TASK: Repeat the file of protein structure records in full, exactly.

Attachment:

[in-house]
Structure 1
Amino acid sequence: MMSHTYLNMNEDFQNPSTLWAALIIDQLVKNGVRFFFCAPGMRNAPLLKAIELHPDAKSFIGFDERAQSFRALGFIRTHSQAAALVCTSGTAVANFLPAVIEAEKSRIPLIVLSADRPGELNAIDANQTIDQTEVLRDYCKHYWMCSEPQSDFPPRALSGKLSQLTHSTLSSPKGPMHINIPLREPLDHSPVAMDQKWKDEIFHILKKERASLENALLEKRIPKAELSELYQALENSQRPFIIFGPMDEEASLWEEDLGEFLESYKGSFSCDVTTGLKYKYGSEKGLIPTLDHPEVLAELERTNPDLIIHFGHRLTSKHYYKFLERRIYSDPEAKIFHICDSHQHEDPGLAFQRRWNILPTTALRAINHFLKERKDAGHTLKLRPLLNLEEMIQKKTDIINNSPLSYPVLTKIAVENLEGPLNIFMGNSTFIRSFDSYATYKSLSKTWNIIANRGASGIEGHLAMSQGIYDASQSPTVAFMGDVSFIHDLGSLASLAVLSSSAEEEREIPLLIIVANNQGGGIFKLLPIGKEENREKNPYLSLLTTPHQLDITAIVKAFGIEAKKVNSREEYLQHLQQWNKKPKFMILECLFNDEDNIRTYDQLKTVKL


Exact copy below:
[in-house]
Structure 1
Amino acid sequence: MMSHTYLNMNEDFQNPSTLWAALIIDQLVKNGVRFFFCAPGMRNAPLLKAIELHPDAKSFIGFDERAQSFRALGFIRTHSQAAALVCTSGTAVANFLPAVIEAEKSRIPLIVLSADRPGELNAIDANQTIDQTEVLRDYCKHYWMCSEPQSDFPPRALSGKLSQLTHSTLSSPKGPMHINIPLREPLDHSPVAMDQKWKDEIFHILKKERASLENALLEKRIPKAELSELYQALENSQRPFIIFGPMDEEASLWEEDLGEFLESYKGSFSCDVTTGLKYKYGSEKGLIPTLDHPEVLAELERTNPDLIIHFGHRLTSKHYYKFLERRIYSDPEAKIFHICDSHQHEDPGLAFQRRWNILPTTALRAINHFLKERKDAGHTLKLRPLLNLEEMIQKKTDIINNSPLSYPVLTKIAVENLEGPLNIFMGNSTFIRSFDSYATYKSLSKTWNIIANRGASGIEGHLAMSQGIYDASQSPTVAFMGDVSFIHDLGSLASLAVLSSSAEEEREIPLLIIVANNQGGGIFKLLPIGKEENREKNPYLSLLTTPHQLDITAIVKAFGIEAKKVNSREEYLQHLQQWNKKPKFMILECLFNDEDNIRTYDQLKTVKL